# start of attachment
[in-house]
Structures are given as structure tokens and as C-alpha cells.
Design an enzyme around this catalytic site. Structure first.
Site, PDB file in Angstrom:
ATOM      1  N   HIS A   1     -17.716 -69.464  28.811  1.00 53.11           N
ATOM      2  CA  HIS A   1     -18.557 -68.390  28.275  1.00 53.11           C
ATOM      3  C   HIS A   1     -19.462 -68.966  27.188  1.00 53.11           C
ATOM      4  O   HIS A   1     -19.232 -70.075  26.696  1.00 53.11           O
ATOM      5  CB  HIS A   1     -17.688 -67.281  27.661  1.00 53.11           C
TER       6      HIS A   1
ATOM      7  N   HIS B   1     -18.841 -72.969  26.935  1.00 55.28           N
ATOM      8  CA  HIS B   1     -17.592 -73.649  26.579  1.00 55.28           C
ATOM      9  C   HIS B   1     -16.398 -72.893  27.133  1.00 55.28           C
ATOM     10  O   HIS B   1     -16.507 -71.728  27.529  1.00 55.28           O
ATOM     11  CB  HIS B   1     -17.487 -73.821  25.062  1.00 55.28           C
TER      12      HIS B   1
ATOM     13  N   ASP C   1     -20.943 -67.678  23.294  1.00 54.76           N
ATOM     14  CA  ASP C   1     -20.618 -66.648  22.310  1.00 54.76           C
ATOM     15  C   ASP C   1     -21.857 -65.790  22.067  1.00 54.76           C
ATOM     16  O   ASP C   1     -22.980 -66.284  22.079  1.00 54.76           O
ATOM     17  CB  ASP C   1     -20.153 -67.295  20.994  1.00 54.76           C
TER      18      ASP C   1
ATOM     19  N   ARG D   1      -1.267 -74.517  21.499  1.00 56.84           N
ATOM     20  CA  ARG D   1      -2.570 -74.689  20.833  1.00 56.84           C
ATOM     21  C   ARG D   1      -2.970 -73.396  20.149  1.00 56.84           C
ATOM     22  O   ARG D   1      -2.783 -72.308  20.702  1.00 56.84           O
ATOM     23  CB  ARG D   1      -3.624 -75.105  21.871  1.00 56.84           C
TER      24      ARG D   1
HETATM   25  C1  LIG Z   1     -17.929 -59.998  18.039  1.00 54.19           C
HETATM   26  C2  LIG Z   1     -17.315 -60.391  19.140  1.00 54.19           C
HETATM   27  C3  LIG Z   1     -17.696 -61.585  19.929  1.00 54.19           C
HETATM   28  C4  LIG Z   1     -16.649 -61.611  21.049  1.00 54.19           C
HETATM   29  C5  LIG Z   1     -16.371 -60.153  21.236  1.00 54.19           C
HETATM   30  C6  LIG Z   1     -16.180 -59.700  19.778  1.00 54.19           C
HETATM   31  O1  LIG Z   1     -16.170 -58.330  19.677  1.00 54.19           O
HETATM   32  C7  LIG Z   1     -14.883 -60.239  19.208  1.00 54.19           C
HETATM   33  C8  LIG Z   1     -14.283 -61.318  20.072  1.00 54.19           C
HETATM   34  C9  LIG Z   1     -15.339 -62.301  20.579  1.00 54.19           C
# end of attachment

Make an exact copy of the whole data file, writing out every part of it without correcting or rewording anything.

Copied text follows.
[in-house]
Structures are given as structure tokens and as C-alpha cells.
Design an enzyme around this catalytic site. Structure first.
Site, PDB file in Angstrom:
ATOM      1  N   HIS A   1     -17.716 -69.464  28.811  1.00 53.11           N
ATOM      2  CA  HIS A   1     -18.557 -68.390  28.275  1.00 53.11           C
ATOM      3  C   HIS A   1     -19.462 -68.966  27.188  1.00 53.11           C
ATOM      4  O   HIS A   1     -19.232 -70.075  26.696  1.00 53.11           O
ATOM      5  CB  HIS A   1     -17.688 -67.281  27.661  1.00 53.11           C
TER       6      HIS A   1
ATOM      7  N   HIS B   1     -18.841 -72.969  26.935  1.00 55.28           N
ATOM      8  CA  HIS B   1     -17.592 -73.649  26.579  1.00 55.28           C
ATOM      9  C   HIS B   1     -16.398 -72.893  27.133  1.00 55.28           C
ATOM     10  O   HIS B   1     -16.507 -71.728  27.529  1.00 55.28           O
ATOM     11  CB  HIS B   1     -17.487 -73.821  25.062  1.00 55.28           C
TER      12      HIS B   1
ATOM     13  N   ASP C   1     -20.943 -67.678  23.294  1.00 54.76           N
ATOM     14  CA  ASP C   1     -20.618 -66.648  22.310  1.00 54.76           C
ATOM     15  C   ASP C   1     -21.857 -65.790  22.067  1.00 54.76           C
ATOM     16  O   ASP C   1     -22.980 -66.284  22.079  1.00 54.76           O
ATOM     17  CB  ASP C   1     -20.153 -67.295  20.994  1.00 54.76           C
TER      18      ASP C   1
ATOM     19  N   ARG D   1      -1.267 -74.517  21.499  1.00 56.84           N
ATOM     20  CA  ARG D   1      -2.570 -74.689  20.833  1.00 56.84           C
ATOM     21  C   ARG D   1      -2.970 -73.396  20.149  1.00 56.84           C
ATOM     22  O   ARG D   1      -2.783 -72.308  20.702  1.00 56.84           O
ATOM     23  CB  ARG D   1      -3.624 -75.105  21.871  1.00 56.84           C
TER      24      ARG D   1
HETATM   25  C1  LIG Z   1     -17.929 -59.998  18.039  1.00 54.19           C
HETATM   26  C2  LIG Z   1     -17.315 -60.391  19.140  1.00 54.19           C
HETATM   27  C3  LIG Z   1     -17.696 -61.585  19.929  1.00 54.19           C
HETATM   28  C4  LIG Z   1     -16.649 -61.611  21.049  1.00 54.19           C
HETATM   29  C5  LIG Z   1     -16.371 -60.153  21.236  1.00 54.19           C
HETATM   30  C6  LIG Z   1     -16.180 -59.700  19.778  1.00 54.19           C
HETATM   31  O1  LIG Z   1     -16.170 -58.330  19.677  1.00 54.19           O
HETATM   32  C7  LIG Z   1     -14.883 -60.239  19.208  1.00 54.19           C
HETATM   33  C8  LIG Z   1     -14.283 -61.318  20.072  1.00 54.19           C
HETATM   34  C9  LIG Z   1     -15.339 -62.301  20.579  1.00 54.19           C